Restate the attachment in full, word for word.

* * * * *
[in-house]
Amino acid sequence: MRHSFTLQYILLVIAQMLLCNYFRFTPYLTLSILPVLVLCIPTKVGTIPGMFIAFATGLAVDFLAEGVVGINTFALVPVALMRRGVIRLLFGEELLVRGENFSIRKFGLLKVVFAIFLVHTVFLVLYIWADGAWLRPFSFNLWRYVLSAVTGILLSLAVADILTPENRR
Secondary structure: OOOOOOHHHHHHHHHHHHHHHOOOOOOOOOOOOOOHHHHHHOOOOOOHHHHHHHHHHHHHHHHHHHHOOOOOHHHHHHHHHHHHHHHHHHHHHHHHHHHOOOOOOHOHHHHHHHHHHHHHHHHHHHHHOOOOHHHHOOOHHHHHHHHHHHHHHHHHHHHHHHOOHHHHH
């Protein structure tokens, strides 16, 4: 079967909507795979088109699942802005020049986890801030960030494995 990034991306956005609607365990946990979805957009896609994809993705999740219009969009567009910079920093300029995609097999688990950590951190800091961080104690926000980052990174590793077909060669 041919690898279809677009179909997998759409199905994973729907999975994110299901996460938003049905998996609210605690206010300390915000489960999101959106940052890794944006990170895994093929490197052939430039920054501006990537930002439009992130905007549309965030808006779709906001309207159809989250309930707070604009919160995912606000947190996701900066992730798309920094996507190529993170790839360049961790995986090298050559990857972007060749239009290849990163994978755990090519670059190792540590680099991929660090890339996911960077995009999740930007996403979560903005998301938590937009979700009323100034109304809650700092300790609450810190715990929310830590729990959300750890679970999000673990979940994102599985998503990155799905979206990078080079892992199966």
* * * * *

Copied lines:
[in-house]
Amino acid sequence: MRHSFTLQYILLVIAQMLLCNYFRFTPYLTLSILPVLVLCIPTKVGTIPGMFIAFATGLAVDFLAEGVVGINTFALVPVALMRRGVIRLLFGEELLVRGENFSIRKFGLLKVVFAIFLVHTVFLVLYIWADGAWLRPFSFNLWRYVLSAVTGILLSLAVADILTPENRR
Secondary structure: OOOOOOHHHHHHHHHHHHHHHOOOOOOOOOOOOOOHHHHHHOOOOOOHHHHHHHHHHHHHHHHHHHHOOOOOHHHHHHHHHHHHHHHHHHHHHHHHHHHOOOOOOHOHHHHHHHHHHHHHHHHHHHHHOOOOHHHHOOOHHHHHHHHHHHHHHHHHHHHHHHOOHHHHH
């Protein structure tokens, strides 16, 4: 079967909507795979088109699942802005020049986890801030960030494995 990034991306956005609607365990946990979805957009896609994809993705999740219009969009567009910079920093300029995609097999688990950590951190800091961080104690926000980052990174590793077909060669 041919690898279809677009179909997998759409199905994973729907999975994110299901996460938003049905998996609210605690206010300390915000489960999101959106940052890794944006990170895994093929490197052939430039920054501006990537930002439009992130905007549309965030808006779709906001309207159809989250309930707070604009919160995912606000947190996701900066992730798309920094996507190529993170790839360049961790995986090298050559990857972007060749239009290849990163994978755990090519670059190792540590680099991929660090890339996911960077995009999740930007996403979560903005998301938590937009979700009323100034109304809650700092300790609450810190715990929310830590729990959300750890679970999000673990979940994102599985998503990155799905979206990078080079892992199966």